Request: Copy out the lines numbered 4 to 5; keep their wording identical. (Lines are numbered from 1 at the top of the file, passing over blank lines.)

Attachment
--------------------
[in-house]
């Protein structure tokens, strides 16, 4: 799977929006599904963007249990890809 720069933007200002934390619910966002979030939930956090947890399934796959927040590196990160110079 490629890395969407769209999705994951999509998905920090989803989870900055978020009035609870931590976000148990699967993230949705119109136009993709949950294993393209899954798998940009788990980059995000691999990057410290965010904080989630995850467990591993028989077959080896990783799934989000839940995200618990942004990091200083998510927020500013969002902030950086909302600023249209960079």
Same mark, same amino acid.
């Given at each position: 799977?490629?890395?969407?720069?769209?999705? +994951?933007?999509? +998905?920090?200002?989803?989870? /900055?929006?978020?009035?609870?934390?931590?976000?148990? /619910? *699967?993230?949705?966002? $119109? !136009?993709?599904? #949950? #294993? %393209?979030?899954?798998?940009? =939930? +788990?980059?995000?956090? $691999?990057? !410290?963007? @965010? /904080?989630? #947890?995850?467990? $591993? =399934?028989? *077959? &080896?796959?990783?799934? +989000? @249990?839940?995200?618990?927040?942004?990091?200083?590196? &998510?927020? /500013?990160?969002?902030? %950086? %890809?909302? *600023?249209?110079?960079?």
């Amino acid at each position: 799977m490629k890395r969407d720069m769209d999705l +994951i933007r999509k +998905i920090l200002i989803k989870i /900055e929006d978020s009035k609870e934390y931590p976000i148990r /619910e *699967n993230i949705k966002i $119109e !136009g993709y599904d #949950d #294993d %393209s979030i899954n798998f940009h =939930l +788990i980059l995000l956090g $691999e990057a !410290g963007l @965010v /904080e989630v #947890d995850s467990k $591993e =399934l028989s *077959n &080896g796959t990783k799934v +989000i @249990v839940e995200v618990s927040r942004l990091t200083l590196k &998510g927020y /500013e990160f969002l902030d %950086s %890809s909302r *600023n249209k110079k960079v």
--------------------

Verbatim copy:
């Given at each position: 799977?490629?890395?969407?720069?769209?999705? +994951?933007?999509? +998905?920090?200002?989803?989870? /900055?929006?978020?009035?609870?934390?931590?976000?148990? /619910? *699967?993230?949705?966002? $119109? !136009?993709?599904? #949950? #294993? %393209?979030?899954?798998?940009? =939930? +788990?980059?995000?956090? $691999?990057? !410290?963007? @965010? /904080?989630? #947890?995850?467990? $591993? =399934?028989? *077959? &080896?796959?990783?799934? +989000? @249990?839940?995200?618990?927040?942004?990091?200083?590196? &998510?927020? /500013?990160?969002?902030? %950086? %890809?909302? *600023?249209?110079?960079?």
């Amino acid at each position: 799977m490629k890395r969407d720069m769209d999705l +994951i933007r999509k +998905i920090l200002i989803k989870i /900055e929006d978020s009035k609870e934390y931590p976000i148990r /619910e *699967n993230i949705k966002i $119109e !136009g993709y599904d #949950d #294993d %393209s979030i899954n798998f940009h =939930l +788990i980059l995000l956090g $691999e990057a !410290g963007l @965010v /904080e989630v #947890d995850s467990k $591993e =399934l028989s *077959n &080896g796959t990783k799934v +989000i @249990v839940e995200v618990s927040r942004l990091t200083l590196k &998510g927020y /500013e990160f969002l902030d %950086s %890809s909302r *600023n249209k110079k960079v």